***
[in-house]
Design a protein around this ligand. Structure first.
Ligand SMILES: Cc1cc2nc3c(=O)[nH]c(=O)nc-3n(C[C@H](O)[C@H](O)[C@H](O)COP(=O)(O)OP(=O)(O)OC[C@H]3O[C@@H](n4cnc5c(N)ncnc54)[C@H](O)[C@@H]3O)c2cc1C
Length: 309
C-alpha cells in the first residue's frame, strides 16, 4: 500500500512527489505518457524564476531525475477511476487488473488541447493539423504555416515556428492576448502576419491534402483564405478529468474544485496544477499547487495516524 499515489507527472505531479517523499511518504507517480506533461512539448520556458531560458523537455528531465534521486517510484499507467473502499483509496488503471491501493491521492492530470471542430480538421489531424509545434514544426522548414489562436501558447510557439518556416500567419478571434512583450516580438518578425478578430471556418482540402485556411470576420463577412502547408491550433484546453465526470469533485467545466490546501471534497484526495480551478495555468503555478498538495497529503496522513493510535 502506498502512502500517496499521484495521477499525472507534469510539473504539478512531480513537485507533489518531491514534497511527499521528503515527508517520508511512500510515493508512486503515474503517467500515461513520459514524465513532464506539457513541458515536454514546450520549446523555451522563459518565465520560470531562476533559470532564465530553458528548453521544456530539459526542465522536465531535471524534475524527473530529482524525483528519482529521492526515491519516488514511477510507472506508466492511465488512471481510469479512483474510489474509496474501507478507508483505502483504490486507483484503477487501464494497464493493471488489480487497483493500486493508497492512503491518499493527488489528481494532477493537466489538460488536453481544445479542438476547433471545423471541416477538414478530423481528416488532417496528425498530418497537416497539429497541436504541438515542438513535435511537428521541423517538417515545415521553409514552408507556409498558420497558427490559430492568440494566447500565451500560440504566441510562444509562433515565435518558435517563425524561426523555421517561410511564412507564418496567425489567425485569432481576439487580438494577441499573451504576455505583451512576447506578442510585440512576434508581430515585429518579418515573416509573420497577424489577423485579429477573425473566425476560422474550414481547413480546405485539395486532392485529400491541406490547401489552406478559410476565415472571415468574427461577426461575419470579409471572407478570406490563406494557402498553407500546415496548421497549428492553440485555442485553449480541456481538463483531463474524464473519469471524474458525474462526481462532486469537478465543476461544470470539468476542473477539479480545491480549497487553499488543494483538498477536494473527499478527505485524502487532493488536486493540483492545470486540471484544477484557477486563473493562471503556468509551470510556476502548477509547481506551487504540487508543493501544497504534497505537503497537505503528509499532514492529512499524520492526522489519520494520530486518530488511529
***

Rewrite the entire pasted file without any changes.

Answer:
[in-house]
Design a protein around this ligand. Structure first.
Ligand SMILES: Cc1cc2nc3c(=O)[nH]c(=O)nc-3n(C[C@H](O)[C@H](O)[C@H](O)COP(=O)(O)OP(=O)(O)OC[C@H]3O[C@@H](n4cnc5c(N)ncnc54)[C@H](O)[C@@H]3O)c2cc1C
Length: 309
C-alpha cells in the first residue's frame, strides 16, 4: 500500500512527489505518457524564476531525475477511476487488473488541447493539423504555416515556428492576448502576419491534402483564405478529468474544485496544477499547487495516524 499515489507527472505531479517523499511518504507517480506533461512539448520556458531560458523537455528531465534521486517510484499507467473502499483509496488503471491501493491521492492530470471542430480538421489531424509545434514544426522548414489562436501558447510557439518556416500567419478571434512583450516580438518578425478578430471556418482540402485556411470576420463577412502547408491550433484546453465526470469533485467545466490546501471534497484526495480551478495555468503555478498538495497529503496522513493510535 502506498502512502500517496499521484495521477499525472507534469510539473504539478512531480513537485507533489518531491514534497511527499521528503515527508517520508511512500510515493508512486503515474503517467500515461513520459514524465513532464506539457513541458515536454514546450520549446523555451522563459518565465520560470531562476533559470532564465530553458528548453521544456530539459526542465522536465531535471524534475524527473530529482524525483528519482529521492526515491519516488514511477510507472506508466492511465488512471481510469479512483474510489474509496474501507478507508483505502483504490486507483484503477487501464494497464493493471488489480487497483493500486493508497492512503491518499493527488489528481494532477493537466489538460488536453481544445479542438476547433471545423471541416477538414478530423481528416488532417496528425498530418497537416497539429497541436504541438515542438513535435511537428521541423517538417515545415521553409514552408507556409498558420497558427490559430492568440494566447500565451500560440504566441510562444509562433515565435518558435517563425524561426523555421517561410511564412507564418496567425489567425485569432481576439487580438494577441499573451504576455505583451512576447506578442510585440512576434508581430515585429518579418515573416509573420497577424489577423485579429477573425473566425476560422474550414481547413480546405485539395486532392485529400491541406490547401489552406478559410476565415472571415468574427461577426461575419470579409471572407478570406490563406494557402498553407500546415496548421497549428492553440485555442485553449480541456481538463483531463474524464473519469471524474458525474462526481462532486469537478465543476461544470470539468476542473477539479480545491480549497487553499488543494483538498477536494473527499478527505485524502487532493488536486493540483492545470486540471484544477484557477486563473493562471503556468509551470510556476502548477509547481506551487504540487508543493501544497504534497505537503497537505503528509499532514492529512499524520492526522489519520494520530486518530488511529